Let's start with the how we got here. This is America so the official blame game distraction will start as soon as the powers that be acknowledge that trouble exists. This generally happens a few weeks after everyone already knows. We got here trying to borrow and speculate our way out of a recession. After the tech bubble burst and the late 1990s growth spurt hit a wall, the economy careened toward trouble. Fearing an angry and indebted public, Congress, the Fed and the president decided to fib, speculate and induce America to borrow out. It worked, sort of and in the sort run. In the period from 2002-2006 we borrowed at cheap rates from the ocean of available credit. This was concentrated in housing.

The housing debt explosion is breathtaking. In 2001 there was $5.5 trillion in outstanding mortgage debt in the U.S.. Halfway through 2007 there is $11.6 trillion. It turns out that borrowing and spending on housing and all things housing led an employment, spending and recovery boom. The problem this created was a dependence on housing and debt. More and more debt was required to generate less and less growth and employment.

The Harvard Joint Center for Housing Studies, The State of the Nation's Housing 2007, reveals that mortgage payments as a portion of income in the average household have increased 25 percent to 25.4 percent of owner's income. From 1995-2006 Americans withdrew $1.343 trillion in home equity. In 2006, $1.5 trillion in non-prime mortgage origination took place, 51 percent of the market. There was 600 billion in subprime and $400 billion in Alt-A loans issued. Thirty-seven million Americans spent more than a third of the income on housing. In 2006, the ratio of old to new loans on refinanced homes was .94. That means that the old loans were either on better terms and/or for significantly less money. The last time this was true was 2000. We have borrowed every dollar we could get. We have extracted equity like there was no tomorrow. This has tided people through but, left them with mountains of debt. Borrowing and spending today assures earning more and spending less tomorrow. It looks like tomorrow is coming.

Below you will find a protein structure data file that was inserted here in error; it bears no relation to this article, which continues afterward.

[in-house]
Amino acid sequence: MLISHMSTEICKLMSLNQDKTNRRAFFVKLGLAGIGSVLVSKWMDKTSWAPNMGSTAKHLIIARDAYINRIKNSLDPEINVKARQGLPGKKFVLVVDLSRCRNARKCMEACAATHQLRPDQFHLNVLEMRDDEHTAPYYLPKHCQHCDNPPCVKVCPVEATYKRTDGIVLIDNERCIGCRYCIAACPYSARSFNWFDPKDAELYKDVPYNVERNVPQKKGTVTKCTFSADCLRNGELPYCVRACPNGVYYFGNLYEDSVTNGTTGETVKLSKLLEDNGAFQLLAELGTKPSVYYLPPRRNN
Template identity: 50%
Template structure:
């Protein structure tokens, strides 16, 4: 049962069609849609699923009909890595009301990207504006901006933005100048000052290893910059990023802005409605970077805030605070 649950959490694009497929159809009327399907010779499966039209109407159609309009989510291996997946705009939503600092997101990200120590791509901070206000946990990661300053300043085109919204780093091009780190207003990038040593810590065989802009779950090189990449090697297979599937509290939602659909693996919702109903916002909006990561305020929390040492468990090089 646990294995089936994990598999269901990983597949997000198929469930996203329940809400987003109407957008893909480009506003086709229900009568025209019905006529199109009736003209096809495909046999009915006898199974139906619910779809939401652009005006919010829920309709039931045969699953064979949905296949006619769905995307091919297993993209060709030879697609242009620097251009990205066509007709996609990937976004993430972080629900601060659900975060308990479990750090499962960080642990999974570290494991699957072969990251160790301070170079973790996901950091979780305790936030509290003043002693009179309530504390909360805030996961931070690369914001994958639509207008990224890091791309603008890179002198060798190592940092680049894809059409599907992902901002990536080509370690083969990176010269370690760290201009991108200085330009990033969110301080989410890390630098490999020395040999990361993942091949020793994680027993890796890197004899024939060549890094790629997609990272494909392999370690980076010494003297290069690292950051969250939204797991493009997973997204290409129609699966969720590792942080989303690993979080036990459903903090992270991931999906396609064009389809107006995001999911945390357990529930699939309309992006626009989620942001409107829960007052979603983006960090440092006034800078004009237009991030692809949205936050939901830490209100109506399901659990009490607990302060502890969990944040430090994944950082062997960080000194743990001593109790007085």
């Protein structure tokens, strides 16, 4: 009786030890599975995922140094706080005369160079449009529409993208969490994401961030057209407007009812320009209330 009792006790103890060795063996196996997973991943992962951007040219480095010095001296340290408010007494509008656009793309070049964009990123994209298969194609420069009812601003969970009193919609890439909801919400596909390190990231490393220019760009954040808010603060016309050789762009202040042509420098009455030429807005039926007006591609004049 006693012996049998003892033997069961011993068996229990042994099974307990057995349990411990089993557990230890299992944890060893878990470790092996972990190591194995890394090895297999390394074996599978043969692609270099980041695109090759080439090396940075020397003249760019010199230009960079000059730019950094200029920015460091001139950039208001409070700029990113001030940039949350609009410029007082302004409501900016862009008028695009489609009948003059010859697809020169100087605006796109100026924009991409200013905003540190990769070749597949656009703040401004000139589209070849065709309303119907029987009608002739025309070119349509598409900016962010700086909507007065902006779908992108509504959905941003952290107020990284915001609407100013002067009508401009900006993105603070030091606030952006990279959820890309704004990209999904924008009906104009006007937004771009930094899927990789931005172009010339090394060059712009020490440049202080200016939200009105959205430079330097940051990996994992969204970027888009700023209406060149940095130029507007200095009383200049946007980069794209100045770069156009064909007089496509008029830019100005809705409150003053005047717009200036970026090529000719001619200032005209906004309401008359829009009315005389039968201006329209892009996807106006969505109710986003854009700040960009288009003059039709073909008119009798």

So far official response and wisdom is to deny trouble and attempt to make cheaper, easier credit available to solve the problem. This is exactly what created the problem. People can't afford the spending they are doing or the debt they have accumulated. Thus, making more debt available, at lower prices, will only help so many and so much. Many folks need to make more and spend less. This means that take home pay needs to rise and spending needs to fall. If left to market discipline, this will be a painful process for many. If we attempt another quick fix we run a risk of failing or buying time by creating a larger future downturn. I have no doubt the later course is now being attempted. I have little faith it will work. It is far from clear that putting off the correction and creating greater future difficulty is wise.

We have used housing as crutch. The weak and upward-skewed "recovery" since 2003 can not absorb the blow of a housing downturn. It is now being asked to absorb one of the largest and most significant housing corrections in decades. Thus, we are likely to be at or near official recession economic conditions by the start of 2008. Ironically, in 2008 as in 1992, it's going to be about the economy.